The funny thing is that you not only can’t blame JRRT any more, you haven’t been able to blame him for decades.  From Roger Zelazny to Jerry Pournelle to Brian Daley to Joel Rosenberg, the guns-in-fantasy concept has been around for a long while.  (Heck, Dave Hargrave and Steve Jackson put them into their fantasy systems back in the 1970s.)  Can we stop making the sign of the cross at it, please?

06 September 2013

Gaming Geek Fallacies

Plymouth is the home of my heart, forever.  It's appropriate to begin with a sunrise!
I've long been a fan of Michael Wilson's brilliant Five Geek Social Fallacies.  They're extremely applicable to tabletop gamers (as, indeed, to most subcultures).

It struck me early on that there are several shibboleths taken as much as unquestioned, unchallenged articles of faith by tabletop gamers as GSF is with those subcultures.  So I wrote up my list of Gaming Geek Fallacies -- really, posting them somewhere permanent was the motivating factor behind me starting up a blog in the first place -- and here they are to get the ball rolling.  Hope you enjoy the ride!

GGF #1: Gunpowder Is Naughty

GGF #2: We Have To Have One Of Everything

GGF #3: Magic Changes Society

GGF #4: My Game Is Great, Your Game Sucks

GGF #5: “X” Is The Opposite Of Fun

05 September 2013

A beginning is a very delicate time.

So here I am.  Hoorah.

My name is Bob, and I've been involved with roleplaying games since the 1970s.  I've played them, I've gamemastered them, I've created them, I've playtested them, I've written for them, I've made money off of them, and I've pontificated a great deal about them -- gaming and music are the two enduring hobbies of my adult life.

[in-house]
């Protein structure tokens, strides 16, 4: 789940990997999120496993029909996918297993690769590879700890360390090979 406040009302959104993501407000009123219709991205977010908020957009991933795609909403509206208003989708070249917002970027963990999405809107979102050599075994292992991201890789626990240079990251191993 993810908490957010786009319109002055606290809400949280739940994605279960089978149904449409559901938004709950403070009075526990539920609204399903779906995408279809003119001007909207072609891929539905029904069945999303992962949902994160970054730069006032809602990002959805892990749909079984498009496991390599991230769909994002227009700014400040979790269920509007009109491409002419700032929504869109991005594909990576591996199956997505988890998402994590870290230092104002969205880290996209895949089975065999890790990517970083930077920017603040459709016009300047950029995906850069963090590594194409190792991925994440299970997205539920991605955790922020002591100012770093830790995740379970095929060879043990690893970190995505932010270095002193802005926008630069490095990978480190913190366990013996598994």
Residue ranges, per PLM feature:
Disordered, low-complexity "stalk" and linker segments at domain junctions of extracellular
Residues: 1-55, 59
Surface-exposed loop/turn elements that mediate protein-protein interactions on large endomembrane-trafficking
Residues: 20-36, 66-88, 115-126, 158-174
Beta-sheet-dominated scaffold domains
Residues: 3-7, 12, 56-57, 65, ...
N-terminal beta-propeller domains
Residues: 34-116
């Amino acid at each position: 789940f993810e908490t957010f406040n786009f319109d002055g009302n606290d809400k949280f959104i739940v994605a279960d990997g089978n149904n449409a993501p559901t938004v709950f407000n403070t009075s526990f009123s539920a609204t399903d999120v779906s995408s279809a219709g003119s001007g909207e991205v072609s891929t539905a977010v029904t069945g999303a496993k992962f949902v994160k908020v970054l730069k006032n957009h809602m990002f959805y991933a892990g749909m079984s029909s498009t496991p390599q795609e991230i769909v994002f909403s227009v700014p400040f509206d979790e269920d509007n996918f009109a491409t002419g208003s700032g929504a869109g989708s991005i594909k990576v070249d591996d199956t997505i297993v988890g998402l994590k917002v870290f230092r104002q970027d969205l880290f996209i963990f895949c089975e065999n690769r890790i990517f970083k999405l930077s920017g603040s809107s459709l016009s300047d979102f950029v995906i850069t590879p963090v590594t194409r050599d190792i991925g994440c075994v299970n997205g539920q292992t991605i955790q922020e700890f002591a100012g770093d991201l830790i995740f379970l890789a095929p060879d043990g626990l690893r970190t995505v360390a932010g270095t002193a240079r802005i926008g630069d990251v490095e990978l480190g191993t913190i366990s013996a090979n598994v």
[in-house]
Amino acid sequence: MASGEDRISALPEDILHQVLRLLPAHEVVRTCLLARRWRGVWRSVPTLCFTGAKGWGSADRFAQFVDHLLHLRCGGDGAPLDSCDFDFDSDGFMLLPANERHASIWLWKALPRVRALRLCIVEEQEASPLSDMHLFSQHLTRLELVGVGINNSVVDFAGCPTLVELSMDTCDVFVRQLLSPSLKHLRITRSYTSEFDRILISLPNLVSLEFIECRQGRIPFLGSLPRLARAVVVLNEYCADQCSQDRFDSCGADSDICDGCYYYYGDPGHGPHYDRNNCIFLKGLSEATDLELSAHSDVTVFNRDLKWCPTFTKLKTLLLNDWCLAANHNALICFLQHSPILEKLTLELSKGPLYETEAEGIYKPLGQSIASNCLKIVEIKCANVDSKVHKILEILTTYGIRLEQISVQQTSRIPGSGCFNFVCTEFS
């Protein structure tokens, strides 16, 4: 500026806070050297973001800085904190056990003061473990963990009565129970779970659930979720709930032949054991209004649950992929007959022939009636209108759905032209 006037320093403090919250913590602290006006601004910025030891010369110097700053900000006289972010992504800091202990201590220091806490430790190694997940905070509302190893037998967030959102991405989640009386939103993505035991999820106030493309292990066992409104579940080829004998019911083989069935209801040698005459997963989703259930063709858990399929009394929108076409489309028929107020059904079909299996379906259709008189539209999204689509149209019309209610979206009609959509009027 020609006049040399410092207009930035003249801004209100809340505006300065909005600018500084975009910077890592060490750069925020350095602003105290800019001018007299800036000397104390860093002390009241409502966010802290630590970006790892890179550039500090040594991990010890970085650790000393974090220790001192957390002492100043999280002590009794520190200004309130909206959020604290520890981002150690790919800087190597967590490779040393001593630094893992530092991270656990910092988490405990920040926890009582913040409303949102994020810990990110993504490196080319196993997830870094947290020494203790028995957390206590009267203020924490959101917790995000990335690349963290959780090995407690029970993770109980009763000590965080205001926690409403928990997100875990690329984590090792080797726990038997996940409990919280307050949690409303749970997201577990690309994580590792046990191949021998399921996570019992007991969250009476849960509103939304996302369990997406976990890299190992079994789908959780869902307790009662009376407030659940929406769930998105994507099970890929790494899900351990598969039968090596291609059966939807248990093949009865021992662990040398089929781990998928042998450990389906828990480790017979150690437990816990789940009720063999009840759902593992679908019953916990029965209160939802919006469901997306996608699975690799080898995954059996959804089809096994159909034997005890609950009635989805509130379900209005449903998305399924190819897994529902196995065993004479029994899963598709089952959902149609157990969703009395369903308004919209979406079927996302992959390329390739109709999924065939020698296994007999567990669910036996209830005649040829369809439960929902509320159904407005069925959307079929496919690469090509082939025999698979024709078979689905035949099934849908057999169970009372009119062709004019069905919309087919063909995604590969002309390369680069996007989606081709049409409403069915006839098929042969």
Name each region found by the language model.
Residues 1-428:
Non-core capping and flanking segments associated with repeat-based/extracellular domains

That pontification bit is what I'm doing here.  I've been active on several gaming forums over a decade and more, and I'm an opinionated fellow.  I'm going to put down my thoughts, and even a solution or three.  Whether anyone cares, that's another matter, but heck, the Internet would never have gotten off the ground if its creators worried about how many people would bother with it.

My blog title comes from the legend of the invisible city of Kitezh, the Russian version of Atlantis or Brigadoon, and is the specific title of the last scene of an opera based on the tale by Rimsky-Korsakov.  From 1981 until around 1989, I was active on the UMass computer system, where there was a primitive chatroom facility called "Confer."  (As geeks will, they couldn't leave standard practice well enough alone, and insisted that it be pronounced COHN-fer.)  The program allowed users to create their own private chatrooms, which could then be made invisible -- and thus open for private invites -- and when I did this, I used this name for my chatroom.  I rather like the notion of reviving it.

I've a couple rules of the road that will color -- directly or otherwise -- everything I'll say.  First off, I don't play D&D.  Haven't played it for over twenty years, haven't GMed it in over thirty.  I'm a GURPS GM.  I'm happy with the system, I've been using it since before it was published, I'm not inclined to change.

Second, I'm a realism bug.  You'll hear more on that down the road, but IMHO, the "It's a game so trying to make it 'realistic' is stupid" crack is moronic BS, and you'll hear my refutation of that down the road.

Getting those out of the way now will save angst later.

I might be invisible here.  But I'm speaking nonetheless.